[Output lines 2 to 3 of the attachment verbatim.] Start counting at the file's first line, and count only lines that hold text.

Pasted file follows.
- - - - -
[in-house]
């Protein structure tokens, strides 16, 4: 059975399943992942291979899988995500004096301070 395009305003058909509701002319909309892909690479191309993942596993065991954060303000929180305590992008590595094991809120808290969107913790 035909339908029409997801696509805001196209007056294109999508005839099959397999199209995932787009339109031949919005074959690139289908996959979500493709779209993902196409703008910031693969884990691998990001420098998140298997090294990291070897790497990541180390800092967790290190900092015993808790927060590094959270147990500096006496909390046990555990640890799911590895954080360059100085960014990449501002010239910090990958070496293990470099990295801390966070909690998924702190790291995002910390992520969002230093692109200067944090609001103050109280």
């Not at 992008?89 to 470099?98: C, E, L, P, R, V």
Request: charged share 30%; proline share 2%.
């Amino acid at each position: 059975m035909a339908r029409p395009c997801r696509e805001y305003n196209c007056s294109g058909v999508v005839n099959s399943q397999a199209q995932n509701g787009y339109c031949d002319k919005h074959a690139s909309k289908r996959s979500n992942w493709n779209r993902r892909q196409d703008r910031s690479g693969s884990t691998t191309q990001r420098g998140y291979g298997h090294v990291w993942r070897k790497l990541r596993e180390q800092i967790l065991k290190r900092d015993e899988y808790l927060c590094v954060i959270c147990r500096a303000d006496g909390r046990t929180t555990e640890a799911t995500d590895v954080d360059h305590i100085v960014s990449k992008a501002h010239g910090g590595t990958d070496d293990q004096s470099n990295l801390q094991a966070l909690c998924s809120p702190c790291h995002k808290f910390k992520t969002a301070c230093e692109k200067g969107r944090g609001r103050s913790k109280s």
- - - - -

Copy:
């Protein structure tokens, strides 16, 4: 059975399943992942291979899988995500004096301070 395009305003058909509701002319909309892909690479191309993942596993065991954060303000929180305590992008590595094991809120808290969107913790 035909339908029409997801696509805001196209007056294109999508005839099959397999199209995932787009339109031949919005074959690139289908996959979500493709779209993902196409703008910031693969884990691998990001420098998140298997090294990291070897790497990541180390800092967790290190900092015993808790927060590094959270147990500096006496909390046990555990640890799911590895954080360059100085960014990449501002010239910090990958070496293990470099990295801390966070909690998924702190790291995002910390992520969002230093692109200067944090609001103050109280």
């Not at 992008?89 to 470099?98: C, E, L, P, R, V």